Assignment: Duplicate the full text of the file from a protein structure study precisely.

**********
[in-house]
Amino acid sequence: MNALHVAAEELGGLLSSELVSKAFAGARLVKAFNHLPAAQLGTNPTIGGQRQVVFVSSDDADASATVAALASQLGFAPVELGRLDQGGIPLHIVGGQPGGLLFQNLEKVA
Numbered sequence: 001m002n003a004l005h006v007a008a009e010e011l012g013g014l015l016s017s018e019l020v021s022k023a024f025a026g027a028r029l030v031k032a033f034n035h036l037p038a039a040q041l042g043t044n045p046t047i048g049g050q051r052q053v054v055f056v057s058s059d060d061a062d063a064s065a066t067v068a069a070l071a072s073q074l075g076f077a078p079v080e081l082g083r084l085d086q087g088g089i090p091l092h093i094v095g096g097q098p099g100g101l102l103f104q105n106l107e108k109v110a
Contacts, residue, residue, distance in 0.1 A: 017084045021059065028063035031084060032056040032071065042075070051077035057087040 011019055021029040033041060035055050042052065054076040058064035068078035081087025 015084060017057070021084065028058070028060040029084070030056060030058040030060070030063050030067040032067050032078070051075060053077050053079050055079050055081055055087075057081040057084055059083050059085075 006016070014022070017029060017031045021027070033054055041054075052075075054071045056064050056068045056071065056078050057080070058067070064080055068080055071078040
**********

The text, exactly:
[in-house]
Amino acid sequence: MNALHVAAEELGGLLSSELVSKAFAGARLVKAFNHLPAAQLGTNPTIGGQRQVVFVSSDDADASATVAALASQLGFAPVELGRLDQGGIPLHIVGGQPGGLLFQNLEKVA
Numbered sequence: 001m002n003a004l005h006v007a008a009e010e011l012g013g014l015l016s017s018e019l020v021s022k023a024f025a026g027a028r029l030v031k032a033f034n035h036l037p038a039a040q041l042g043t044n045p046t047i048g049g050q051r052q053v054v055f056v057s058s059d060d061a062d063a064s065a066t067v068a069a070l071a072s073q074l075g076f077a078p079v080e081l082g083r084l085d086q087g088g089i090p091l092h093i094v095g096g097q098p099g100g101l102l103f104q105n106l107e108k109v110a
Contacts, residue, residue, distance in 0.1 A: 017084045021059065028063035031084060032056040032071065042075070051077035057087040 011019055021029040033041060035055050042052065054076040058064035068078035081087025 015084060017057070021084065028058070028060040029084070030056060030058040030060070030063050030067040032067050032078070051075060053077050053079050055079050055081055055087075057081040057084055059083050059085075 006016070014022070017029060017031045021027070033054055041054075052075075054071045056064050056068045056071065056078050057080070058067070064080055068080055071078040